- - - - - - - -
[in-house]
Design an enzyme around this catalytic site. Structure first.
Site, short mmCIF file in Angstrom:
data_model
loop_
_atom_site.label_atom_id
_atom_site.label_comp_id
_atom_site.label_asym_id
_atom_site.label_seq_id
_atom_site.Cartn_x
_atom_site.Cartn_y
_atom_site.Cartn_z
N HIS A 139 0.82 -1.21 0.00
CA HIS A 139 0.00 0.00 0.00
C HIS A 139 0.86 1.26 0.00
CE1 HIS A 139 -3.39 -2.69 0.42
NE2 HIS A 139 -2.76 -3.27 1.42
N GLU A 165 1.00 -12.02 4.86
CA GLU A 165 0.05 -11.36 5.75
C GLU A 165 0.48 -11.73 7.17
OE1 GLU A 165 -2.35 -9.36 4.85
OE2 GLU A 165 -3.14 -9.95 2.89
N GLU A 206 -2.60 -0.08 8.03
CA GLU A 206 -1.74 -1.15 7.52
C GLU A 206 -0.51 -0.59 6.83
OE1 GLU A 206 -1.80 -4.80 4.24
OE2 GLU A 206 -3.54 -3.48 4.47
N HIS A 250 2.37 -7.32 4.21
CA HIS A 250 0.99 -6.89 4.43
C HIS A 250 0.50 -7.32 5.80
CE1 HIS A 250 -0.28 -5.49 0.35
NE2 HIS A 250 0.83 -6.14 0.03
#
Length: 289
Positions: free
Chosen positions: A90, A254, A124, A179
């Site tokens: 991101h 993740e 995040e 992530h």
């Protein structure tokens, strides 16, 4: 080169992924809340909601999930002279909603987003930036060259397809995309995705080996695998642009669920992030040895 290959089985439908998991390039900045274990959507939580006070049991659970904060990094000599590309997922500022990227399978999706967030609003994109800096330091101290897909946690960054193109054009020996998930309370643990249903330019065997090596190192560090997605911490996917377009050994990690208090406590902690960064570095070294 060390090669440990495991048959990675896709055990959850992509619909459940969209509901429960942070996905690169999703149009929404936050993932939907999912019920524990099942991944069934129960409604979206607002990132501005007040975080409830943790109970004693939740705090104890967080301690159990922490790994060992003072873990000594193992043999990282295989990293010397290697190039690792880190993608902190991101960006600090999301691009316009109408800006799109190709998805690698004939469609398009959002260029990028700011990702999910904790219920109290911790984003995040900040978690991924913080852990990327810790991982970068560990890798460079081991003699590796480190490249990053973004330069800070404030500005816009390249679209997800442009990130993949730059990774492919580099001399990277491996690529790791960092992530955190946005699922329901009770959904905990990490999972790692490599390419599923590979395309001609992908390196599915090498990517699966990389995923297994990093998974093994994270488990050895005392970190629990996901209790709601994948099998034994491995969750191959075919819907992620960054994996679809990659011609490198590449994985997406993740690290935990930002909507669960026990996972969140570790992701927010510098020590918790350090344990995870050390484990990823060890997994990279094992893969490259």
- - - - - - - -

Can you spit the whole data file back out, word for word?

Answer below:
[in-house]
Design an enzyme around this catalytic site. Structure first.
Site, short mmCIF file in Angstrom:
data_model
loop_
_atom_site.label_atom_id
_atom_site.label_comp_id
_atom_site.label_asym_id
_atom_site.label_seq_id
_atom_site.Cartn_x
_atom_site.Cartn_y
_atom_site.Cartn_z
N HIS A 139 0.82 -1.21 0.00
CA HIS A 139 0.00 0.00 0.00
C HIS A 139 0.86 1.26 0.00
CE1 HIS A 139 -3.39 -2.69 0.42
NE2 HIS A 139 -2.76 -3.27 1.42
N GLU A 165 1.00 -12.02 4.86
CA GLU A 165 0.05 -11.36 5.75
C GLU A 165 0.48 -11.73 7.17
OE1 GLU A 165 -2.35 -9.36 4.85
OE2 GLU A 165 -3.14 -9.95 2.89
N GLU A 206 -2.60 -0.08 8.03
CA GLU A 206 -1.74 -1.15 7.52
C GLU A 206 -0.51 -0.59 6.83
OE1 GLU A 206 -1.80 -4.80 4.24
OE2 GLU A 206 -3.54 -3.48 4.47
N HIS A 250 2.37 -7.32 4.21
CA HIS A 250 0.99 -6.89 4.43
C HIS A 250 0.50 -7.32 5.80
CE1 HIS A 250 -0.28 -5.49 0.35
NE2 HIS A 250 0.83 -6.14 0.03
#
Length: 289
Positions: free
Chosen positions: A90, A254, A124, A179
């Site tokens: 991101h 993740e 995040e 992530h």
């Protein structure tokens, strides 16, 4: 080169992924809340909601999930002279909603987003930036060259397809995309995705080996695998642009669920992030040895 290959089985439908998991390039900045274990959507939580006070049991659970904060990094000599590309997922500022990227399978999706967030609003994109800096330091101290897909946690960054193109054009020996998930309370643990249903330019065997090596190192560090997605911490996917377009050994990690208090406590902690960064570095070294 060390090669440990495991048959990675896709055990959850992509619909459940969209509901429960942070996905690169999703149009929404936050993932939907999912019920524990099942991944069934129960409604979206607002990132501005007040975080409830943790109970004693939740705090104890967080301690159990922490790994060992003072873990000594193992043999990282295989990293010397290697190039690792880190993608902190991101960006600090999301691009316009109408800006799109190709998805690698004939469609398009959002260029990028700011990702999910904790219920109290911790984003995040900040978690991924913080852990990327810790991982970068560990890798460079081991003699590796480190490249990053973004330069800070404030500005816009390249679209997800442009990130993949730059990774492919580099001399990277491996690529790791960092992530955190946005699922329901009770959904905990990490999972790692490599390419599923590979395309001609992908390196599915090498990517699966990389995923297994990093998974093994994270488990050895005392970190629990996901209790709601994948099998034994491995969750191959075919819907992620960054994996679809990659011609490198590449994985997406993740690290935990930002909507669960026990996972969140570790992701927010510098020590918790350090344990995870050390484990990823060890997994990279094992893969490259």